Through the Lens

Different views and concepts of reality. This has always been a beloved subject for me and why I love sci-fi and philosophy. How does an alien or robot think? What happens to our perceptions when space-time warps? These are also useful tools for examining the very real different views in our world.

Each of us has our own view of life, shaped by our upbringing, unique experiences and preferences. Like light though a lens: objective reality is out there, but it is distorted by these things: shifting color perhaps, or bringing some things into focus and others out of focus.

Then along came interconnected computing. I am old enough to remember when it was a popular idea that everyone would sue this to talk to each other and the human race would finally understand each other. Partly right. Certainly it has become the dominant mode of communication. When there are two people sitting down at a restaurant, and, instead of talking to each other are both furiously texting.

As people throughout the world began communicating, they naturally gravitated towards their interests and views. Whatever your interests, whatever your views are, you can find some group that supports it. In there one will find that their views are right, all of their preconceptions are fact, and everyone else is wrong. It brings a specific view into sharp focus and excludes all others. The lens has become a telescope.

It is still possible to make the effort to see objective reality, to come face to face with unpleasant truths and at least comprehend different views that one is opposed to. But what happens when technology helps us along further?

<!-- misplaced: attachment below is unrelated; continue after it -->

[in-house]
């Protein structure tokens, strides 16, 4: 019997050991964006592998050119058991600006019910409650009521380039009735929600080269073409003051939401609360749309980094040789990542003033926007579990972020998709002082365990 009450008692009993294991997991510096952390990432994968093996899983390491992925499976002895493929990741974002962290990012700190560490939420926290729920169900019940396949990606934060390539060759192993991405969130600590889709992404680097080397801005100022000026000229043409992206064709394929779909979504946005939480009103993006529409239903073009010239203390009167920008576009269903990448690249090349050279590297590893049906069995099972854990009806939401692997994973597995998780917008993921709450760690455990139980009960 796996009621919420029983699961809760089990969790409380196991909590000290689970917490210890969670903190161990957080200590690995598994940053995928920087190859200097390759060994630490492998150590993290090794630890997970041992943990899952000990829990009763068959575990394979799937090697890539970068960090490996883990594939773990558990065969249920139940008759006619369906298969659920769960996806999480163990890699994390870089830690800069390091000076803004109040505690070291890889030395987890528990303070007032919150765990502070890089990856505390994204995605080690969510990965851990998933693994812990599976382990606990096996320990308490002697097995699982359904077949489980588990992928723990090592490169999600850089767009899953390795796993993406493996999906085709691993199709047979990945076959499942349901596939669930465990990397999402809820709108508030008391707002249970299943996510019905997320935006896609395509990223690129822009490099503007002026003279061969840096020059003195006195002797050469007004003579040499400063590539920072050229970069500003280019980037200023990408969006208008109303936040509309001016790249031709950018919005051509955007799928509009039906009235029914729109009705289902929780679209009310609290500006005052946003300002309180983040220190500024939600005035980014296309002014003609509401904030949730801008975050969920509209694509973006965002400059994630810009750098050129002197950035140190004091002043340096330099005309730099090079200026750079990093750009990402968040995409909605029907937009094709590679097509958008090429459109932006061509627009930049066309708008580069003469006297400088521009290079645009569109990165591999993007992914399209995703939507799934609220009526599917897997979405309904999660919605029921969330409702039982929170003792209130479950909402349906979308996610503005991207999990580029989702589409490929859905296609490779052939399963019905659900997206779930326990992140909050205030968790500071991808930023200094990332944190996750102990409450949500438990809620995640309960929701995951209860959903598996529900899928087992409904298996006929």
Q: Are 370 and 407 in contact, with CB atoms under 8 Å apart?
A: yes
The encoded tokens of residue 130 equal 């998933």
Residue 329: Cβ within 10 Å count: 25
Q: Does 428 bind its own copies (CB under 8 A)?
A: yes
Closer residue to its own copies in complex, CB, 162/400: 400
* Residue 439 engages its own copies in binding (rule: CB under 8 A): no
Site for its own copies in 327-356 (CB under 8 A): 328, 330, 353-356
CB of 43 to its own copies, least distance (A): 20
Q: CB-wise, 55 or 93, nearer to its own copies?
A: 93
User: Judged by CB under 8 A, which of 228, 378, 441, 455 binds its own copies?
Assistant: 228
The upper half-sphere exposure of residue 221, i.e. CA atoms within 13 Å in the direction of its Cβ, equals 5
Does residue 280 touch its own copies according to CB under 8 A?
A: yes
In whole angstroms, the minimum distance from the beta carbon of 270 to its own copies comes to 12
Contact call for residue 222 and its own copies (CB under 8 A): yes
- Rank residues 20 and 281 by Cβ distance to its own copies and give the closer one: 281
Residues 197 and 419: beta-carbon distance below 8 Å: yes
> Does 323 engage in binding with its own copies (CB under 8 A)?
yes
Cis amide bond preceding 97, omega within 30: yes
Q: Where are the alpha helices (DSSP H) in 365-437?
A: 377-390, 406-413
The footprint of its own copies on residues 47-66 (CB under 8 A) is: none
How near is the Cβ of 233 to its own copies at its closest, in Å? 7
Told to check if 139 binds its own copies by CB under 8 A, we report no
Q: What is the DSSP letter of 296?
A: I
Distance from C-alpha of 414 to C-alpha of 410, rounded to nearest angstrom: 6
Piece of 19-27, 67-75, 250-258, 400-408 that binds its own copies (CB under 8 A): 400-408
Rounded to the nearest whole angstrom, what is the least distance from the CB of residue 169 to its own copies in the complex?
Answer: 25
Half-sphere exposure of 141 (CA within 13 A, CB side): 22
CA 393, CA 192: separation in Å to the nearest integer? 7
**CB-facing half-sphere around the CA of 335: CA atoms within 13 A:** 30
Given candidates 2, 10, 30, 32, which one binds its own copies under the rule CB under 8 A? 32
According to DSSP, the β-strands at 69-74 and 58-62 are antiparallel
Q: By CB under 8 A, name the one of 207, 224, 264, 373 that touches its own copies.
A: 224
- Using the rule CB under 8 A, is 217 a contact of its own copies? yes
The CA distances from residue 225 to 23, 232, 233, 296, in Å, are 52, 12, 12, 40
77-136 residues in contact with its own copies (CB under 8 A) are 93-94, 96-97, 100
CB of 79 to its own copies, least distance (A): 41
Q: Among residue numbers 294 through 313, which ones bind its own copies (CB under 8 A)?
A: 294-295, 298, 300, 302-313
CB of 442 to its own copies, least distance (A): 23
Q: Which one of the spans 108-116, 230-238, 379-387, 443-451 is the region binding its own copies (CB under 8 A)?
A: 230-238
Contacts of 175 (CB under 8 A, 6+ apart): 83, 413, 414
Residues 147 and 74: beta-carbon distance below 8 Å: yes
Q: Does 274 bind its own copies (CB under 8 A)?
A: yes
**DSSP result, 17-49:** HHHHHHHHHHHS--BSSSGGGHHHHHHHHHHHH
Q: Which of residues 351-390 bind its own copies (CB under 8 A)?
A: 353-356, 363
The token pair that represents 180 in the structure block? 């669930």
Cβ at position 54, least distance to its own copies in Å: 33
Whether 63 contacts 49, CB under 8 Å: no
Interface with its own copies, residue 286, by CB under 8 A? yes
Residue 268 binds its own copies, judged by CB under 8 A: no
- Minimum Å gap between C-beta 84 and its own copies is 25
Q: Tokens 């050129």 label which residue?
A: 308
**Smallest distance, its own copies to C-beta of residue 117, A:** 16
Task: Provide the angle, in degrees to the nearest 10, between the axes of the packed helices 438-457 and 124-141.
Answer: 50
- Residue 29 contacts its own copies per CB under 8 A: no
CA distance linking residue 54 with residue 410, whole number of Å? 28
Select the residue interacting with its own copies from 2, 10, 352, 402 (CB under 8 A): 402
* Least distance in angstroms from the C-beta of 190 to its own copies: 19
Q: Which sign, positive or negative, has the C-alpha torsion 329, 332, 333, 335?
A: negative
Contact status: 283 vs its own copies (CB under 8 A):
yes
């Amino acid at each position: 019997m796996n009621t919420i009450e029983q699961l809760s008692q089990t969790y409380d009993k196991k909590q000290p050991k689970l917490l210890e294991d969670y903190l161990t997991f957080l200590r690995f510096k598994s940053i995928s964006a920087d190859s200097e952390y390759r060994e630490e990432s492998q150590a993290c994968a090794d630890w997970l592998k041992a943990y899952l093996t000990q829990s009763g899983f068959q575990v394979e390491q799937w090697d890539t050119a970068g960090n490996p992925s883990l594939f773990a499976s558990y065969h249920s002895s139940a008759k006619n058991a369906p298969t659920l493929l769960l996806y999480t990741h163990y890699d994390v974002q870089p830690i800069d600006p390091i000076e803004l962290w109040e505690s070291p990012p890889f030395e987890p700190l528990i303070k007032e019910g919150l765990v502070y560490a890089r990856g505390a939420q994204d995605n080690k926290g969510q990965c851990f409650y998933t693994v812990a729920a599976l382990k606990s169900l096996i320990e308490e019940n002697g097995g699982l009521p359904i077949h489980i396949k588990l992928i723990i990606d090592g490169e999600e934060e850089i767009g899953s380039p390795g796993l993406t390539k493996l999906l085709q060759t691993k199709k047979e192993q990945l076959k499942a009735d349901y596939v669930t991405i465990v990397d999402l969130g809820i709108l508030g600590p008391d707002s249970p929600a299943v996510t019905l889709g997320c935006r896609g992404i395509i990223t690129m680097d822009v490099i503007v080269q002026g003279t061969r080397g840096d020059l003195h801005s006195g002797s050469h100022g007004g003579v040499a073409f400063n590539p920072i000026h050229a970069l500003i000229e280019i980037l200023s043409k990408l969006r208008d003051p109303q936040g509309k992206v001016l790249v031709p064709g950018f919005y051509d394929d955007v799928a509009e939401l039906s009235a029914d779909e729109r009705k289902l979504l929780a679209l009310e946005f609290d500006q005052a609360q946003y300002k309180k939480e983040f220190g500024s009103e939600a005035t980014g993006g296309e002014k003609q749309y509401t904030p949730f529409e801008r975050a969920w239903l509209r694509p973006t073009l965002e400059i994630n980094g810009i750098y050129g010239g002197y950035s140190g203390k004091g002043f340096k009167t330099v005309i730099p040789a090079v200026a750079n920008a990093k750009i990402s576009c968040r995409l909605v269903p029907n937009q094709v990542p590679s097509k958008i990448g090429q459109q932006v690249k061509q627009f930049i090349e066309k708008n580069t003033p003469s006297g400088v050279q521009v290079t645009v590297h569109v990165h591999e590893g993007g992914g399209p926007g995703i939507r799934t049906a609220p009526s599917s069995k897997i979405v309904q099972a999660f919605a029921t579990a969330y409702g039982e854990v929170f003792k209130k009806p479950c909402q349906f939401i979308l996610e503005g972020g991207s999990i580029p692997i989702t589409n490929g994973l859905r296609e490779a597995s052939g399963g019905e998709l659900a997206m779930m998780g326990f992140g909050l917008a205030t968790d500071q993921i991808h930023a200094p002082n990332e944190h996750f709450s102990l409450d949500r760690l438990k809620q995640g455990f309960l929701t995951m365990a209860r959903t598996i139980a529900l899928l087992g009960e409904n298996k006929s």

Microsoft advertised a system that “knows how you work” automatically prioritizing which email to bring to your attention or what work is most important, based on learning your preferences. So, now how does a manger actually discover what is really happening, if his he is only seeing the reports he wants to see? Likewise, search agents and ad bots will try to send you to locations based upon your preferences. Everywhere you go, you will find things more agreeable. How then, does one discover truth?

The further development of virtual reality suggests a next step. Now, instead of just seeing the viewpoints you want, you see the world you want. This could be subtle: a system that simply brings to your attention the conversations you are interested in or agree with, or edits out things that you find unsightly. It could also be extreme: presenting you with a pleasant fantasy to paper over a less pleasant world.

How does one perceive truth when all of ones senses and everything we see simply tells us only what we want to hear, and shows us only what we want to see?